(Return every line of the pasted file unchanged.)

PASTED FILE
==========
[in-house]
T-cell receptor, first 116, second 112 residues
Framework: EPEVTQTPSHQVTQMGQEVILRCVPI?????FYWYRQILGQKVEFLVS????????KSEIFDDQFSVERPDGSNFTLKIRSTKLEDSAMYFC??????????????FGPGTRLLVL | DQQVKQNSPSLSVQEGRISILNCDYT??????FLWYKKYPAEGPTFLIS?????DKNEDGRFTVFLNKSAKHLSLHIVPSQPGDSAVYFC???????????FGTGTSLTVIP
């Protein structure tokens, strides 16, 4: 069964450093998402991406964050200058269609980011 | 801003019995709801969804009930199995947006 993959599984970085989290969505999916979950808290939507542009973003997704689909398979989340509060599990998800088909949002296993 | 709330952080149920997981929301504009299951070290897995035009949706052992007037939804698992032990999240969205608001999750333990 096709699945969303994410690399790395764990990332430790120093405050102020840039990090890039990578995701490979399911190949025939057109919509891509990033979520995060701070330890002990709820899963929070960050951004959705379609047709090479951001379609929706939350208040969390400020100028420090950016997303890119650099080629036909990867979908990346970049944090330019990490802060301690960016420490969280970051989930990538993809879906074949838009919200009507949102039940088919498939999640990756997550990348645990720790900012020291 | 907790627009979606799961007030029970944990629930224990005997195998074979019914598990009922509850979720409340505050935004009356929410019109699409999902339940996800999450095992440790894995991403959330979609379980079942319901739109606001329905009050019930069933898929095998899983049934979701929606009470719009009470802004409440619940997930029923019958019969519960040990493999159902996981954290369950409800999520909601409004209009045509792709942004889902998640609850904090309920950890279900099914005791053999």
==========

[in-house]
T-cell receptor, first 116, second 112 residues
Framework: EPEVTQTPSHQVTQMGQEVILRCVPI?????FYWYRQILGQKVEFLVS????????KSEIFDDQFSVERPDGSNFTLKIRSTKLEDSAMYFC??????????????FGPGTRLLVL | DQQVKQNSPSLSVQEGRISILNCDYT??????FLWYKKYPAEGPTFLIS?????DKNEDGRFTVFLNKSAKHLSLHIVPSQPGDSAVYFC???????????FGTGTSLTVIP
């Protein structure tokens, strides 16, 4: 069964450093998402991406964050200058269609980011 | 801003019995709801969804009930199995947006 993959599984970085989290969505999916979950808290939507542009973003997704689909398979989340509060599990998800088909949002296993 | 709330952080149920997981929301504009299951070290897995035009949706052992007037939804698992032990999240969205608001999750333990 096709699945969303994410690399790395764990990332430790120093405050102020840039990090890039990578995701490979399911190949025939057109919509891509990033979520995060701070330890002990709820899963929070960050951004959705379609047709090479951001379609929706939350208040969390400020100028420090950016997303890119650099080629036909990867979908990346970049944090330019990490802060301690960016420490969280970051989930990538993809879906074949838009919200009507949102039940088919498939999640990756997550990348645990720790900012020291 | 907790627009979606799961007030029970944990629930224990005997195998074979019914598990009922509850979720409340505050935004009356929410019109699409999902339940996800999450095992440790894995991403959330979609379980079942319901739109606001329905009050019930069933898929095998899983049934979701929606009470719009009470802004409440619940997930029923019958019969519960040990493999159902996981954290369950409800999520909601409004209009045509792709942004889902998640609850904090309920950890279900099914005791053999």